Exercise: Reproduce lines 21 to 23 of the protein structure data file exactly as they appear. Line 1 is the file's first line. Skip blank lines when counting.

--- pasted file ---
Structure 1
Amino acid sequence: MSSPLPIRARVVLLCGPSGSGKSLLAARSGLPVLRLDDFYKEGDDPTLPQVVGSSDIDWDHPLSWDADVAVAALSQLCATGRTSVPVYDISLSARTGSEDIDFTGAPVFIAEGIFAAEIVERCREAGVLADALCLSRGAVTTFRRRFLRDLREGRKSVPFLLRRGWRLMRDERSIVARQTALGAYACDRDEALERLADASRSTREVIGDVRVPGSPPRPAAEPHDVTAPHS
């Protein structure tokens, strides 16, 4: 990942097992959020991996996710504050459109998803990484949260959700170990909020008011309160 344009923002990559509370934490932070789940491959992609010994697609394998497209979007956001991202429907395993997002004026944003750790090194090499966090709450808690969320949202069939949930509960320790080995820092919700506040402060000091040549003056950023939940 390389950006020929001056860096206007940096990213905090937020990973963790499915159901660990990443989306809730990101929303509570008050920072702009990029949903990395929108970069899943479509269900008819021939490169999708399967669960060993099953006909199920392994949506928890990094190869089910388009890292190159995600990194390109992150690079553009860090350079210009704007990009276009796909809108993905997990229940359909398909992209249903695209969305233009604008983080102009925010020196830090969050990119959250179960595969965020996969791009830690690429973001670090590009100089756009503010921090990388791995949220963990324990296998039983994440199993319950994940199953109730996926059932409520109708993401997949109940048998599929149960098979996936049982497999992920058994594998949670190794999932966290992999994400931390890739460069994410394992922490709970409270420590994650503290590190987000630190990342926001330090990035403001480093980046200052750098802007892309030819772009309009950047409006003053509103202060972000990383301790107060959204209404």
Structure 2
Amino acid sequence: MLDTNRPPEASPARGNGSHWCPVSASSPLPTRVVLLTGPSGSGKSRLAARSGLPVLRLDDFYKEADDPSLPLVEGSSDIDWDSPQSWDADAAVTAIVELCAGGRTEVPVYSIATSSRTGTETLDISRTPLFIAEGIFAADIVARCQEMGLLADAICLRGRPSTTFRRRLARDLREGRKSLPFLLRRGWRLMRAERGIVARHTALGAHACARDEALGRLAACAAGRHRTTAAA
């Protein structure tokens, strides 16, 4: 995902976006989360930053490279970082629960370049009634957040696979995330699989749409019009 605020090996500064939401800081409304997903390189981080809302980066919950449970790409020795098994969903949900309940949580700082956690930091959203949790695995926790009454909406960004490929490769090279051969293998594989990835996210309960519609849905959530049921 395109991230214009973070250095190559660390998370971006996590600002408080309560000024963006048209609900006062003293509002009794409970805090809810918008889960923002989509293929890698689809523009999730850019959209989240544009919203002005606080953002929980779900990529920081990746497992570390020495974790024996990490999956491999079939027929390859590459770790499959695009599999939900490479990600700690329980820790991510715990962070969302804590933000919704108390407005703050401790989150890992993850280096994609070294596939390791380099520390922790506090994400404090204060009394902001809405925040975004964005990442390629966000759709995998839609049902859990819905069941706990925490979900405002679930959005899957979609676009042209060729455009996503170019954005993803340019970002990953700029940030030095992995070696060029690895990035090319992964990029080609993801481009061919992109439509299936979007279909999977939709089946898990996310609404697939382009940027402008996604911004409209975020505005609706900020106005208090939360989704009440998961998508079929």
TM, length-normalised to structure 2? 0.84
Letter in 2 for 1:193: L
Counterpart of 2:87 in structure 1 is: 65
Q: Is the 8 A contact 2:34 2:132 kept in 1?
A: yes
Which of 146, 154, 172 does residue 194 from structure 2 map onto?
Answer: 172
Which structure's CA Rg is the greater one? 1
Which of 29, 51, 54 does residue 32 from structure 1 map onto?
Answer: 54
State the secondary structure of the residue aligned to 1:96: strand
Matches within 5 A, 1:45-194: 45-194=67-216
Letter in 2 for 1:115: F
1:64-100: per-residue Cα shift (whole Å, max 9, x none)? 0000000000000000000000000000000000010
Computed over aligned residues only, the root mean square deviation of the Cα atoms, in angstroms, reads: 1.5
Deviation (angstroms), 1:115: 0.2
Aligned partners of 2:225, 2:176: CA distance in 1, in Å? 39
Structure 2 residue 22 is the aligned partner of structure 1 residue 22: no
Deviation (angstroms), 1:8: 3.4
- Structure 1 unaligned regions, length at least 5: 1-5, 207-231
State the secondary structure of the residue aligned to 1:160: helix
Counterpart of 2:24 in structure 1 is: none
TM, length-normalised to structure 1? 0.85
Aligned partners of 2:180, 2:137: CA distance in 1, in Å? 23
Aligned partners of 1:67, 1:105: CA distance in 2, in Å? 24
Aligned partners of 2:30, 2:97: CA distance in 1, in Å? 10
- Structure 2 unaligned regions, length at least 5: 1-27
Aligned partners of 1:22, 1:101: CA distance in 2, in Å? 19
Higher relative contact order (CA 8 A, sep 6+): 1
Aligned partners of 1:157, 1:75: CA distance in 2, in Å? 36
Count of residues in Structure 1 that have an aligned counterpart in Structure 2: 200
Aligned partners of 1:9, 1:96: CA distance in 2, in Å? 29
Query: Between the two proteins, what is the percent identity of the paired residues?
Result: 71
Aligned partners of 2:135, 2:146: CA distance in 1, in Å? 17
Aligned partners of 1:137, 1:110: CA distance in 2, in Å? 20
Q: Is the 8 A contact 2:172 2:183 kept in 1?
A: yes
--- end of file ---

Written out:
Computed over aligned residues only, the root mean square deviation of the Cα atoms, in angstroms, reads: 1.5
Deviation (angstroms), 1:115: 0.2
Aligned partners of 2:225, 2:176: CA distance in 1, in Å? 39